Ritzer, G and Stillman, T (2001) 'The Postmodern Ballpark as a Leisure Setting: Enchantment and Simulated De- McDonaldization', in Leisure Sciences, 23: 99 - 113.
This article describes the development of new ways of packaging baseball. In the process, baseball illustrates how leisure can be combined with, and dominated by consumption practices. The theoretical term used to describe changes in baseball is the Weberian notion of disenchantment, developed best in Ritzer (1999). Basically, baseball originally offered 'enchanted, magical settings' (99), then they grew increasingly rationalized or McDonaldized. However, the fully rationalised baseball stadia produced disenchantment, a loss of the 'magical qualities that attract consumers' (100). The loss of customers threatened the commercial viability of baseball, together with other problems to do with salaries and strikes, and this led to the redesign of ballparks to attract both more and more diverse customers. This reflects the same process that is indicated by 'gentrification of our cities', and has the same effect of excluding the poor. In this and other ways, the process of re-enchantment is not simply one of de-McDonaldization: aspects of McDonaldized organisation remain, but these are now disguised by a superficial covering of fun and spectacle to keep the fans enchanted.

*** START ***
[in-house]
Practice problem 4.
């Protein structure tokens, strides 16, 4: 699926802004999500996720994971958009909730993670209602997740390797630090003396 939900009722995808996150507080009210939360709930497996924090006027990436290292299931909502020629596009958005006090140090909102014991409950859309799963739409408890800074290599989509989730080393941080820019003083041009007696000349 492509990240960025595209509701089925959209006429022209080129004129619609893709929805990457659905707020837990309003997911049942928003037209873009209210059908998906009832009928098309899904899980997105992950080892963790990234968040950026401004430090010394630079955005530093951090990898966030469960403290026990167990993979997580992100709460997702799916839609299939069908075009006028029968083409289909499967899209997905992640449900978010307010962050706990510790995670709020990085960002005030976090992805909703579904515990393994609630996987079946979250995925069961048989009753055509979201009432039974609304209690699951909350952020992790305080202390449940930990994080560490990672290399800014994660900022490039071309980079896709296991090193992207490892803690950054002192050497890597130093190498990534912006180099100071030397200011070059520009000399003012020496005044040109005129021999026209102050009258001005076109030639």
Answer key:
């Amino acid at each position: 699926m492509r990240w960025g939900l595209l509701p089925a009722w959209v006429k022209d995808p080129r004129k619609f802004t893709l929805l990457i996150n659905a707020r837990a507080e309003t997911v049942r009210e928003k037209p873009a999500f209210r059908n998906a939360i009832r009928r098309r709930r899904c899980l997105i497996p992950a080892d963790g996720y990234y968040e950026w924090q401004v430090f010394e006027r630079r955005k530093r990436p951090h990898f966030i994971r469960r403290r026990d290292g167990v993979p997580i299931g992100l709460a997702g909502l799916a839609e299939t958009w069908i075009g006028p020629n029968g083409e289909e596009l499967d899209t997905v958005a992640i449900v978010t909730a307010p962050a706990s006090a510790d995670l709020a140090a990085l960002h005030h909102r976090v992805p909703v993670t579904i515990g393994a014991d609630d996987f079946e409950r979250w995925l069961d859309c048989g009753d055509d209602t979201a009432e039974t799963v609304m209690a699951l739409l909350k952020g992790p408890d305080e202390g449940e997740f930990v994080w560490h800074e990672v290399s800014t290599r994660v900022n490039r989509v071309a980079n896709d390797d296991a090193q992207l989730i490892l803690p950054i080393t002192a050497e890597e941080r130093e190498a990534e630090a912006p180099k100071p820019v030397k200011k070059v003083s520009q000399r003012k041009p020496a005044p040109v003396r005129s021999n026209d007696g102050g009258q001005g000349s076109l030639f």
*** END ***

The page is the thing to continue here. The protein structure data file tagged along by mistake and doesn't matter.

Ritzer and Stillman expand these points by:
(1 ) Offering a social history of baseball, stressing their early role as places of spectacle and generalised entertainment 'as early as the 1800s' (101). Nevertheless these tendencies have now been dramatically developed. The earliest forms attracted considerable loyalty from fans, and gained their charm from 'the heroic events that took place in them' (101). From the 1960s to the 80s, baseball stadia were rationalized, made larger and devoted to multiple uses. However, they were not particularly popular -- '[fans]... were fed up with the disenchanted homeliness of the late modern, multi-use parks' (101) and with the game and its increasing commercialisation and industrial tensions. As a result, 'fun ball parks' were built. Sometimes they simulated some of the classic parks and their features, but they also added additional forms of consumption, spectacle, and aspects of regional differentiation and local identity. It is clear that the desire to increase profits is a factor, and more money can be made by charging higher prices to a more middle-class audience. However, the McDonaldization thesis still applies, together with its 'Weberian perspective and its pessimistic view of the future' (102).